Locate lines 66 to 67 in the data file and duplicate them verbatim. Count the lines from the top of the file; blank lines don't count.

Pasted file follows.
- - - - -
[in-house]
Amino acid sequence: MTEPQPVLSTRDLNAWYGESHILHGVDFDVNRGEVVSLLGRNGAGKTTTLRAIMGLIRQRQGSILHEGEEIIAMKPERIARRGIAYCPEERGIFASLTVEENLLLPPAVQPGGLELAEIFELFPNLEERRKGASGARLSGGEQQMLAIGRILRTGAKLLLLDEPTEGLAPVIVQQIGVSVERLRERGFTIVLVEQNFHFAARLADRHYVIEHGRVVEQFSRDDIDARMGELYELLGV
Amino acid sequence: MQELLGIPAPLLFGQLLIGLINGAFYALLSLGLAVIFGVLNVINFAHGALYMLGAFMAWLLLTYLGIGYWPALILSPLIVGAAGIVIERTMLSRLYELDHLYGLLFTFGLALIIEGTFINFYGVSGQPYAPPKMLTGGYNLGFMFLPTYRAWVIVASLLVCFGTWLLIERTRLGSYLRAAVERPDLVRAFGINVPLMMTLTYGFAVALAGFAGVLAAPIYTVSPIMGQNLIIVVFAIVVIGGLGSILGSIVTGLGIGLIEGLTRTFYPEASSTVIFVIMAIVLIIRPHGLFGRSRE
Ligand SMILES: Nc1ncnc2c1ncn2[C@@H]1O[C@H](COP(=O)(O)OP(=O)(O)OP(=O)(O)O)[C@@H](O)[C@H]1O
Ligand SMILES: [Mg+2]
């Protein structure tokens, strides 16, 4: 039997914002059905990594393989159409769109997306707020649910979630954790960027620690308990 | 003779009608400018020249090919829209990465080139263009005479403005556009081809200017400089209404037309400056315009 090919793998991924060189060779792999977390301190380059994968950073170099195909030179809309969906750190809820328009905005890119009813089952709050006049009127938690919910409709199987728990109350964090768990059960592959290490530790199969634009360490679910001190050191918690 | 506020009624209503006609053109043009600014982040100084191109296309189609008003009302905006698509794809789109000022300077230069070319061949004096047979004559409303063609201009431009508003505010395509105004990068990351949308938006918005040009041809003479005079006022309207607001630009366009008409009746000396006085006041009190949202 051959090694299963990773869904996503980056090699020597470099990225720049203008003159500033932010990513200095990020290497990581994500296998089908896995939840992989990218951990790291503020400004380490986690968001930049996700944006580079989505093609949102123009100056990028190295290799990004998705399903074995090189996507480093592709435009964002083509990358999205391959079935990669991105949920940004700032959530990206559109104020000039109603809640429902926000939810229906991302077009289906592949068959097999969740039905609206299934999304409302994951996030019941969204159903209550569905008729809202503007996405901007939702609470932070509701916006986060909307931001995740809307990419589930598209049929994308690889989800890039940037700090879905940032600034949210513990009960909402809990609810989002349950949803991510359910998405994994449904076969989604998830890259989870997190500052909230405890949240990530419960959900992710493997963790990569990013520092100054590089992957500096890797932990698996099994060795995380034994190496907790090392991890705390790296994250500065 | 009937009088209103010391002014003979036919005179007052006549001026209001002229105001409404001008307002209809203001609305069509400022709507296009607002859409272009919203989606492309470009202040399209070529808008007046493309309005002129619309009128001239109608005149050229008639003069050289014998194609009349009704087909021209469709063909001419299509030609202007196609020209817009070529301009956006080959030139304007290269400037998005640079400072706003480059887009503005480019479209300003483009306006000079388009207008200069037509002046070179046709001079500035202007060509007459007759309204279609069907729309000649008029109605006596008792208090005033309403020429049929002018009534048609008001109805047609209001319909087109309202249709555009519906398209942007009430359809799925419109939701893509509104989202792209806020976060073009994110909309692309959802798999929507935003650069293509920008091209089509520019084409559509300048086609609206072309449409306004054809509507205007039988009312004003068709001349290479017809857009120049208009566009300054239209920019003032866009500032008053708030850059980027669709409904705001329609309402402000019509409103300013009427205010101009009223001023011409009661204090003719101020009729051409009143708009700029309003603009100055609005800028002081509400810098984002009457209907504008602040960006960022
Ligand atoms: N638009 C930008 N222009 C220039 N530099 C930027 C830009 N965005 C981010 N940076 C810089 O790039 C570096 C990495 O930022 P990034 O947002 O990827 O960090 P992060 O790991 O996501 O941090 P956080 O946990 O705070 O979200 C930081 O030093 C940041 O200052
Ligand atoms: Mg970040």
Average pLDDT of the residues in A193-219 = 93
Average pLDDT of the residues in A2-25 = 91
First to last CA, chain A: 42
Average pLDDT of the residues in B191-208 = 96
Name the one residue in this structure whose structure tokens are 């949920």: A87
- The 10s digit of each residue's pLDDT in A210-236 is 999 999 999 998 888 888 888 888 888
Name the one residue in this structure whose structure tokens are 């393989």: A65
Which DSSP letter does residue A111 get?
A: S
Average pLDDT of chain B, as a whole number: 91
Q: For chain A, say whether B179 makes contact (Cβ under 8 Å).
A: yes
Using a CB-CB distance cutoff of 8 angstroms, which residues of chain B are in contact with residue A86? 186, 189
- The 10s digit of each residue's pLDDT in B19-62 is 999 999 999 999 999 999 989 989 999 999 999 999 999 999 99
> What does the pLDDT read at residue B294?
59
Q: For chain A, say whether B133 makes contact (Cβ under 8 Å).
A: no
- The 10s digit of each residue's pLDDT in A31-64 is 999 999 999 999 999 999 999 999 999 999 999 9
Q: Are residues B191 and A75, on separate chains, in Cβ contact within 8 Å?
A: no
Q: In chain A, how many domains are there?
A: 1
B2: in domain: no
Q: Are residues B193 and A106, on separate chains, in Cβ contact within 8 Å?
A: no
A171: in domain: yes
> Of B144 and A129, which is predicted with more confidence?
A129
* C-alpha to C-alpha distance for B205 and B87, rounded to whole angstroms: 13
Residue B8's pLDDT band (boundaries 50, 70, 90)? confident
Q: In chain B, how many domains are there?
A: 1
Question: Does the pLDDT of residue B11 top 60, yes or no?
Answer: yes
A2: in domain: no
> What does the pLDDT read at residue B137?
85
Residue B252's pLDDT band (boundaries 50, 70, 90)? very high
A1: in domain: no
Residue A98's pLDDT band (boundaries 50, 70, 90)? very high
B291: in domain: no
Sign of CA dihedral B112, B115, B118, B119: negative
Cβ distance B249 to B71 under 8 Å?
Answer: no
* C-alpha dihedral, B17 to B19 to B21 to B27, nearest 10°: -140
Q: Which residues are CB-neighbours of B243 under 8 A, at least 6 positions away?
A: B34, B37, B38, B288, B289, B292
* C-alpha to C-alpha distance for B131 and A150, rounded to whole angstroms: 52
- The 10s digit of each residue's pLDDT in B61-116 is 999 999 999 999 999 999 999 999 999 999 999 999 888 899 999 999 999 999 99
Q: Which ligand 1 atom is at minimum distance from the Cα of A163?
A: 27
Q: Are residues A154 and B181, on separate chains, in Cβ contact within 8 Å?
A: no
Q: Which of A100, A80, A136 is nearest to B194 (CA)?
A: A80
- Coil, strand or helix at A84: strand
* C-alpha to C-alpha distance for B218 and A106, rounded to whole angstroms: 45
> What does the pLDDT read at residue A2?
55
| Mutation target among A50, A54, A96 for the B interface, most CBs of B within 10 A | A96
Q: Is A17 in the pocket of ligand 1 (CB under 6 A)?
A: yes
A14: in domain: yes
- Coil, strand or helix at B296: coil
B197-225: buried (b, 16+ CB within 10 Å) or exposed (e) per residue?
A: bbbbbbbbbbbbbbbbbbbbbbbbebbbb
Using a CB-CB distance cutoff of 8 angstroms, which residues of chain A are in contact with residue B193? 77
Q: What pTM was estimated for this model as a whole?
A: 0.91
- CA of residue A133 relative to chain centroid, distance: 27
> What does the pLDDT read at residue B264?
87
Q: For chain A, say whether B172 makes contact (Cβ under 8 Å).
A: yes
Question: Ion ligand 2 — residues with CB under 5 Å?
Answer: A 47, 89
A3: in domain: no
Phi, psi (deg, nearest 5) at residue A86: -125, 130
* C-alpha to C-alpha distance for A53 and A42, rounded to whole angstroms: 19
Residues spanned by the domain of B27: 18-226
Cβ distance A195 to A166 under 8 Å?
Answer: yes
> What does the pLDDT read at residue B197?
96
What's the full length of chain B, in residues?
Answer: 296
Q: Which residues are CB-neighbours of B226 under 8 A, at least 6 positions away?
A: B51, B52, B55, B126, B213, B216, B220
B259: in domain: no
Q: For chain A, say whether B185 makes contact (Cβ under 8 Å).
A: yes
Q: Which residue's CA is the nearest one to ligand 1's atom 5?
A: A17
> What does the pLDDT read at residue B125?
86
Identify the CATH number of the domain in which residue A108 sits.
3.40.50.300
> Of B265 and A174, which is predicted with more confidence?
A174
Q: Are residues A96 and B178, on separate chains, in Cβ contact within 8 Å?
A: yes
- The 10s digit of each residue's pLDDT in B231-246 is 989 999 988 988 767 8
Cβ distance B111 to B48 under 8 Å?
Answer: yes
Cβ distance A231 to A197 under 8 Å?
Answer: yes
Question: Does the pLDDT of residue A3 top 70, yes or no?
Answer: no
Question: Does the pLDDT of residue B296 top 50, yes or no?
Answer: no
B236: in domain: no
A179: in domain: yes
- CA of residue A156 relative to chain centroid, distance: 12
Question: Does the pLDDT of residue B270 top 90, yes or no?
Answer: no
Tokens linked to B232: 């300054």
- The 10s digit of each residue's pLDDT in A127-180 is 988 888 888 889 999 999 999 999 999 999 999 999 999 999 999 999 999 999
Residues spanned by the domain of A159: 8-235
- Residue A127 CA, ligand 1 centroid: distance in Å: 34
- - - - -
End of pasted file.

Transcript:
* C-alpha to C-alpha distance for B218 and A106, rounded to whole angstroms: 45
> What does the pLDDT read at residue A2?